The rest of the review basically boils down to, “you don’t understand the teachings of the Reverend Dr. Martin Luther King Junior like I do.”

Do you know about Godwin’s law, which says that as soon as someone invokes the Nazis in an argument about anything, they’ve lost the argument?

I feel like we need another, similar rule, which says, if you’re invoking MLK and claiming the other person is misinterpreting him while you have him nailed, then you’ve lost the argument.

Data Justice Launches!

I’m super excited to announce that I’m teaming up with Nathan Newman and Frank Pasquale on a newly launched project called Data Justice and subtitled Challenging Rising Exploitation and Economic Inequality from Big Data.

Nathan Newman is the director of Data Justice and is a lawyer and policy advocate. You might remember his work with racial and economic profiling of Google ads. Frank Pasquale is a law professor at the University of Maryland and the author of a book I recently reviewed called The Black Box Society.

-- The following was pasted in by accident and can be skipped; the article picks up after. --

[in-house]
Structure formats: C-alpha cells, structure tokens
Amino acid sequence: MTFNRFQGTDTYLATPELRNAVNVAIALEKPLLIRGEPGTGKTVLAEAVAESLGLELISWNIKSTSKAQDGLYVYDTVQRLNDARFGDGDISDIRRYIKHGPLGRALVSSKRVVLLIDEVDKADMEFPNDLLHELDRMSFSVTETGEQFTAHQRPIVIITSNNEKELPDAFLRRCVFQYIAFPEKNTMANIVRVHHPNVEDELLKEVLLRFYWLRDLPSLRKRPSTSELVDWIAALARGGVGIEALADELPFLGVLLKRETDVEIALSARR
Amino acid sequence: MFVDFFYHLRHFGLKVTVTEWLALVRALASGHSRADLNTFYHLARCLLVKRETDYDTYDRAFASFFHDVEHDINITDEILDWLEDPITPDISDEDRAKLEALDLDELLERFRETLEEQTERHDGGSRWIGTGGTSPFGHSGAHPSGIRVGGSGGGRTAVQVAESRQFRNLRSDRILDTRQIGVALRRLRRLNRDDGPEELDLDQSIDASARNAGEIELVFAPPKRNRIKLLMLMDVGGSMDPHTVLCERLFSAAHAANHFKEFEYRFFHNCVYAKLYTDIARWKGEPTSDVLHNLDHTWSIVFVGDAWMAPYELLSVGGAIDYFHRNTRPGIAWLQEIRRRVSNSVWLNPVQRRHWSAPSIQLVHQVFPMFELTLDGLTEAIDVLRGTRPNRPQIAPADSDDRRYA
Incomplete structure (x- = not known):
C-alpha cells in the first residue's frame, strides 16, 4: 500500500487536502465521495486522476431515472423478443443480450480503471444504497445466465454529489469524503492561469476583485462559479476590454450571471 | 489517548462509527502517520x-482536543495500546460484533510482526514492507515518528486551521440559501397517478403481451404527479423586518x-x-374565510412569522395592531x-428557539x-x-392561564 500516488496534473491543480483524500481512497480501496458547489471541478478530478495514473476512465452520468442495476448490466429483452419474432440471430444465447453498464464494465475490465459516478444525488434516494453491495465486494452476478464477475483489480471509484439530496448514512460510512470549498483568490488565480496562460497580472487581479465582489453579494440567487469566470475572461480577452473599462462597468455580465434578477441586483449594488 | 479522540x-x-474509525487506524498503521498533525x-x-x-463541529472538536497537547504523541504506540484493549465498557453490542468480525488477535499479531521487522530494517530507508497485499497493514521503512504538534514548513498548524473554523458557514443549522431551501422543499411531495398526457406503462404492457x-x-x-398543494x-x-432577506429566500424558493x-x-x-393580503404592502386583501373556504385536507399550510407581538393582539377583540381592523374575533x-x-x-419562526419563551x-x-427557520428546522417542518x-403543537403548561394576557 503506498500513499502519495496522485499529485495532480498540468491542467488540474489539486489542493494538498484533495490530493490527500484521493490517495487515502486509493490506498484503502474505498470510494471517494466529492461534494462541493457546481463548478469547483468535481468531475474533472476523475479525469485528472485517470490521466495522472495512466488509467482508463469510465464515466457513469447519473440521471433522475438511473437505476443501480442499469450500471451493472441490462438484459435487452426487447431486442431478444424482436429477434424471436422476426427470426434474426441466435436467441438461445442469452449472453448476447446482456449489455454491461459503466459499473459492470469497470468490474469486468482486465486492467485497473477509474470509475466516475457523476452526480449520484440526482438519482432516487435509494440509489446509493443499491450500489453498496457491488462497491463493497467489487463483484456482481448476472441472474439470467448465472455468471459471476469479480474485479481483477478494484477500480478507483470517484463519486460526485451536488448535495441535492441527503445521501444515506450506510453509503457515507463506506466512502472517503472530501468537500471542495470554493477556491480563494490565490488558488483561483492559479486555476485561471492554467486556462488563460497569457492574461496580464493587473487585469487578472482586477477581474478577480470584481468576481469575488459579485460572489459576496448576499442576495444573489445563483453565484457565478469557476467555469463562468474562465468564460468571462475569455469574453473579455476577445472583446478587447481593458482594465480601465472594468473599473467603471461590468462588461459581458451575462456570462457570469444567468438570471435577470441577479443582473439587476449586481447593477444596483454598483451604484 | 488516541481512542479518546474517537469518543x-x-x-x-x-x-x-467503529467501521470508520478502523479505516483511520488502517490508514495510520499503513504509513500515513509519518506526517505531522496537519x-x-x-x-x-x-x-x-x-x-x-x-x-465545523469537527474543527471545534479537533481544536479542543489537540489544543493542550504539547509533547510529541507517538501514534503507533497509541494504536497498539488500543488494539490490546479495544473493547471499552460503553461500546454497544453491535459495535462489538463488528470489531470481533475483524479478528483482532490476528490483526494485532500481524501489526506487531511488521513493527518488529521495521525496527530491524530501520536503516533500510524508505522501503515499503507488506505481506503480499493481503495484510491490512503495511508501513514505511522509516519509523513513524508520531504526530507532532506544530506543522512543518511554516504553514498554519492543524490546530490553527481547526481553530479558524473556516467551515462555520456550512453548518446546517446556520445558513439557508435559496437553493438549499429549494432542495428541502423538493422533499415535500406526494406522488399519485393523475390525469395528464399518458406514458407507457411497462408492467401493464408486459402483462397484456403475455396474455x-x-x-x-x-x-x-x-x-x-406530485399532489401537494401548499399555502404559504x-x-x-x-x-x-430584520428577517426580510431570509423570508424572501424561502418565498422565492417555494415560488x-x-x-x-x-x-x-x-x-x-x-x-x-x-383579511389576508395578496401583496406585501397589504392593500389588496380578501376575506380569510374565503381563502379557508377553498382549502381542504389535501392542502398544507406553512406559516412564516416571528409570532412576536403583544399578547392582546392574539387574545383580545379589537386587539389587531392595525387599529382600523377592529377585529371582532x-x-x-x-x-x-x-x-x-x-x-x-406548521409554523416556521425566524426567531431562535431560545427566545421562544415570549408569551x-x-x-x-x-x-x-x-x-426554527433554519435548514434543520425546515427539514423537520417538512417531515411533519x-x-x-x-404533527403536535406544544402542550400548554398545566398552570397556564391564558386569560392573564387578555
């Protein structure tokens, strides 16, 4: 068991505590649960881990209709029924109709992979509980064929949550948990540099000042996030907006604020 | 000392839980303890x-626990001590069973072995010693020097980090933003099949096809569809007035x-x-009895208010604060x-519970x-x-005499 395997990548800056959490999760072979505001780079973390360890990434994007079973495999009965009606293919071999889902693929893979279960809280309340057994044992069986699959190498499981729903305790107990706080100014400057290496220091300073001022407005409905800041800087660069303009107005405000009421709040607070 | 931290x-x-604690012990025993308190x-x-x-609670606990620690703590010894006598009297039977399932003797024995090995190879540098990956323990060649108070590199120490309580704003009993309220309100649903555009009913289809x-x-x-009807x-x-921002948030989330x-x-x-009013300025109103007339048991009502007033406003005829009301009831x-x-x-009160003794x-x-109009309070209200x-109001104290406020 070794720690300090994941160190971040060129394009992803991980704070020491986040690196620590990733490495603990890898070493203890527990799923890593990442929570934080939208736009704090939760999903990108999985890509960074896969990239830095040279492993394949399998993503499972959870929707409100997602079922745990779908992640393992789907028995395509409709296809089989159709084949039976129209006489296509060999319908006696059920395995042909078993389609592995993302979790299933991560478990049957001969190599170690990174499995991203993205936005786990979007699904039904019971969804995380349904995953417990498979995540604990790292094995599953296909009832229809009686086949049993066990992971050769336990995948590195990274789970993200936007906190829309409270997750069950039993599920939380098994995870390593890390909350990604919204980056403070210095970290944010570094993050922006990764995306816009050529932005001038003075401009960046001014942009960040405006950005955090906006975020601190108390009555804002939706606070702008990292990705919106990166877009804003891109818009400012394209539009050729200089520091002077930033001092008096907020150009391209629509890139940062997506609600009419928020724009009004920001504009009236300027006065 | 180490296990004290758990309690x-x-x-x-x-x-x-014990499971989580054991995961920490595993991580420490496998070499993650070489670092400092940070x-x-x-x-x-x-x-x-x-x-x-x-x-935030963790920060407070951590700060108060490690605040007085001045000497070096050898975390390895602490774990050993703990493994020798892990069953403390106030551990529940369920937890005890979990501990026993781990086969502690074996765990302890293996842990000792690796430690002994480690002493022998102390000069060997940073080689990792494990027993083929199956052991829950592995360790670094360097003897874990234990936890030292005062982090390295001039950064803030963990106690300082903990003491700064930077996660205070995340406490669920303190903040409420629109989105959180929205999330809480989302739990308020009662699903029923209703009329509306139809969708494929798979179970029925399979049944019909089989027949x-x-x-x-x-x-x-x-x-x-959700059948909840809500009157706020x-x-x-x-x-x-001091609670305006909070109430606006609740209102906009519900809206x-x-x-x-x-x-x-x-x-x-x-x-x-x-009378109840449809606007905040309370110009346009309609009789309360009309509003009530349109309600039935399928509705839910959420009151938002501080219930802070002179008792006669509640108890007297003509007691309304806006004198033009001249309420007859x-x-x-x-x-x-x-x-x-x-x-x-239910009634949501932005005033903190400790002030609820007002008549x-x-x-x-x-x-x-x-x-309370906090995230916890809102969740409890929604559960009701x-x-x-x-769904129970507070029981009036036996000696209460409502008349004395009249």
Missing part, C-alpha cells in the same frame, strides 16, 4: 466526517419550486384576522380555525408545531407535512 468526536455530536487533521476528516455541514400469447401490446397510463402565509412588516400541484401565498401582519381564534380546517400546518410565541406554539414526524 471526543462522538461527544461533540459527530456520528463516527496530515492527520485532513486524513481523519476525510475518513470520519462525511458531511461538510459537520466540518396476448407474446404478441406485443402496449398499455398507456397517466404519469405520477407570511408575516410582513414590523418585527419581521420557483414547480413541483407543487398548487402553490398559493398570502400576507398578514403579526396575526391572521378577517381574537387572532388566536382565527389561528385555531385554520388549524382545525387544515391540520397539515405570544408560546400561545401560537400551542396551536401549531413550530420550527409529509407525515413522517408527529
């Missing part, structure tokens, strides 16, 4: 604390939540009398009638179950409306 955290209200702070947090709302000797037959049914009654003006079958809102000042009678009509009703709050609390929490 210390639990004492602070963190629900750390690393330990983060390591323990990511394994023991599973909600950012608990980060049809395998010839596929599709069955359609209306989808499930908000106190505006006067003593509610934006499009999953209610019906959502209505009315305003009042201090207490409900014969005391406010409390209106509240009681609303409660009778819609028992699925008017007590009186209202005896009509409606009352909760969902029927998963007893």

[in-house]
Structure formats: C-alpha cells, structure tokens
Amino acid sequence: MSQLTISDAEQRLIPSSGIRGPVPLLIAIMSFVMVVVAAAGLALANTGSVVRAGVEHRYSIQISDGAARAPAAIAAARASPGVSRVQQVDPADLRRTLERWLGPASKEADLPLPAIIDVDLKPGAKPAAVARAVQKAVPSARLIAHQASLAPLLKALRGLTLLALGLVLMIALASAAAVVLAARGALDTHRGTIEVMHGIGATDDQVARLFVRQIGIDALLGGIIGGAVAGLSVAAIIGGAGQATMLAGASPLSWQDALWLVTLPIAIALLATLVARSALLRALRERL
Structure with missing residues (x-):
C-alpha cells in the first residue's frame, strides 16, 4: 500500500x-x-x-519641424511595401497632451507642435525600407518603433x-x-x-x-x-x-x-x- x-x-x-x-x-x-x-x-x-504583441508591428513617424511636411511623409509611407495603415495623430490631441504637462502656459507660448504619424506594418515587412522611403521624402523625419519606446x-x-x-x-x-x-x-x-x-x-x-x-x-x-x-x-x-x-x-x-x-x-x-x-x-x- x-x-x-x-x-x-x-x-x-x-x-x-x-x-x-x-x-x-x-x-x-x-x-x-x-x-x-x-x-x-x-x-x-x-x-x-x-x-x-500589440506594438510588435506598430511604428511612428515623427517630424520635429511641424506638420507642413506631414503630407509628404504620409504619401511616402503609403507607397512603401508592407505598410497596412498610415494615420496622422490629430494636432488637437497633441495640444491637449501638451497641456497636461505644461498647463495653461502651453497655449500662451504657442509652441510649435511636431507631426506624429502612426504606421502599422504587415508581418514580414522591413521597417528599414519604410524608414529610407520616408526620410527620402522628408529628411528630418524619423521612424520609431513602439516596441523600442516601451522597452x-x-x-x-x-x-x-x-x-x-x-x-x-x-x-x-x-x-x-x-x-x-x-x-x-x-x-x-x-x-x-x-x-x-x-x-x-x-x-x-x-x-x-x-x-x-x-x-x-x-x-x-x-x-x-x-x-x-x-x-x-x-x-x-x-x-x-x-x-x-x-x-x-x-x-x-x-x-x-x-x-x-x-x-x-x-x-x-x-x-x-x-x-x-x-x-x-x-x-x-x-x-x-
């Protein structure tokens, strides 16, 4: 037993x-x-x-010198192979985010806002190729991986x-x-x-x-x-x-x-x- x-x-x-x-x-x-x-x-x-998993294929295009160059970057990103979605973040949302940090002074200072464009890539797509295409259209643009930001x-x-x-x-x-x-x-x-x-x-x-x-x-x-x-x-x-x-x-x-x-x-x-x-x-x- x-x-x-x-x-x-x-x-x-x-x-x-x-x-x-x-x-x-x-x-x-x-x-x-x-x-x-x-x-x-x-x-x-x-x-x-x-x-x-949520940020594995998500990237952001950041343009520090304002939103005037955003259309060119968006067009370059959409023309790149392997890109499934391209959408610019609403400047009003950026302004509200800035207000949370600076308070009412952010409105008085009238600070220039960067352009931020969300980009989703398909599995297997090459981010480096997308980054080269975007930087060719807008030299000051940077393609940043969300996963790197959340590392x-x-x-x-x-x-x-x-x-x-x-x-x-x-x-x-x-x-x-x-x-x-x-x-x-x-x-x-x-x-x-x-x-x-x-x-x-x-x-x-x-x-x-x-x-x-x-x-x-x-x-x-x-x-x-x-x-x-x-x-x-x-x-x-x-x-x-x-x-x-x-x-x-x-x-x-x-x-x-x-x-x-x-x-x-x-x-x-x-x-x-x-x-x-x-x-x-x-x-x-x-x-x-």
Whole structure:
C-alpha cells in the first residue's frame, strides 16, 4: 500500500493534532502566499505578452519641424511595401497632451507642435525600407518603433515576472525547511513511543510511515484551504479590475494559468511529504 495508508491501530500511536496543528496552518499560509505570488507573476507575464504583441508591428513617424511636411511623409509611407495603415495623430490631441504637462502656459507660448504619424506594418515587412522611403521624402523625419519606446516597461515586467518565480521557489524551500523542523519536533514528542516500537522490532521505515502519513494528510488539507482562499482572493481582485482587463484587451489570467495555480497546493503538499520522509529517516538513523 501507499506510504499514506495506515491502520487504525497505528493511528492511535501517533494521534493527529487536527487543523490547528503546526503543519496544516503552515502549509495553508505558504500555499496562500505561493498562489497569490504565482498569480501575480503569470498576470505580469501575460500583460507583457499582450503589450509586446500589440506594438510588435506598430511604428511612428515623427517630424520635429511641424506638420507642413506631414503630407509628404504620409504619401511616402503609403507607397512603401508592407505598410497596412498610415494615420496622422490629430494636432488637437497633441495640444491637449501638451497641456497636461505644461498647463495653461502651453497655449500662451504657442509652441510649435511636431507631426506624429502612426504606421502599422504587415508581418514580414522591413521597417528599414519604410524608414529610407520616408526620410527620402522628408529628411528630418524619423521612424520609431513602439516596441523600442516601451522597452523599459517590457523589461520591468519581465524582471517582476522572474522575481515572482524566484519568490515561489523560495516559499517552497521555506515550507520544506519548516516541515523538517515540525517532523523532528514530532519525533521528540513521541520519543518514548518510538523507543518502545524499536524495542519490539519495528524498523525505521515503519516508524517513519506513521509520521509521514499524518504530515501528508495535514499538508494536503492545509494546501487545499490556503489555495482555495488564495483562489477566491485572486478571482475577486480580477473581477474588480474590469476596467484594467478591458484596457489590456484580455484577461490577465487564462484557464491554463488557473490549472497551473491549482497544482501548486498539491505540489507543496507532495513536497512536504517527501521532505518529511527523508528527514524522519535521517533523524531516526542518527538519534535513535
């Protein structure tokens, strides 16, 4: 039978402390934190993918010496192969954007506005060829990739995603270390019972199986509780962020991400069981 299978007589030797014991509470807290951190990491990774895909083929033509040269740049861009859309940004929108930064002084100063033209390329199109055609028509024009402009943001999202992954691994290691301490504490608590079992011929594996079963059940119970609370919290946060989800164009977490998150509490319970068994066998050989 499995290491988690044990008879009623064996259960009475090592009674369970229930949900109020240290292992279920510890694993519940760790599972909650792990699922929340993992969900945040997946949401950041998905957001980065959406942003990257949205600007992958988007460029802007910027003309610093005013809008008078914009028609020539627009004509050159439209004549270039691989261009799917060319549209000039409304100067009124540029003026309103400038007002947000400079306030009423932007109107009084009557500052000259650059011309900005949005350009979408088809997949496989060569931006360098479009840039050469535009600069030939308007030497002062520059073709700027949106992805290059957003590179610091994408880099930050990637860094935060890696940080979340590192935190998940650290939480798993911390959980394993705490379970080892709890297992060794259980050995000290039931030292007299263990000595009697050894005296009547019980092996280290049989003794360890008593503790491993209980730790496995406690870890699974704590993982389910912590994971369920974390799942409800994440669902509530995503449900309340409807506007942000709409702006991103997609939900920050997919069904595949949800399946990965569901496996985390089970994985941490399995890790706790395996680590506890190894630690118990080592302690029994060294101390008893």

The mission for Data Justice can be read here and explains how we hope to build a movement on the data justice front by working across various disciplines like law, computer science, and technology. We also have a blog and a press release which I hope you have time to read.

Categories: data science, modeling

Aunt Pythia’s advice

Dearest readers, do you know how much Aunt Pythia loves you and misses you during the week? So much that she’s baked everyone a pie for pi day:

Confession: I stole this pic off the web. I could never make a pie that perfect.

Confession: I stole this pic off the web. I could never make a pie that perfect.

According to my calculations, it’s about to be a once-in-a-century moment to celebrate the number pi, so please grab a fork.

Also, you know what they say about April showers bringing May flowers, right? Well now it’s March showers too. It’s raining impressively outside. It’s all good though, because Aunt Pythia is counting on the rain to wash away all those nasty cigarette butts that have emerged from the dirty melted snow. Yuck!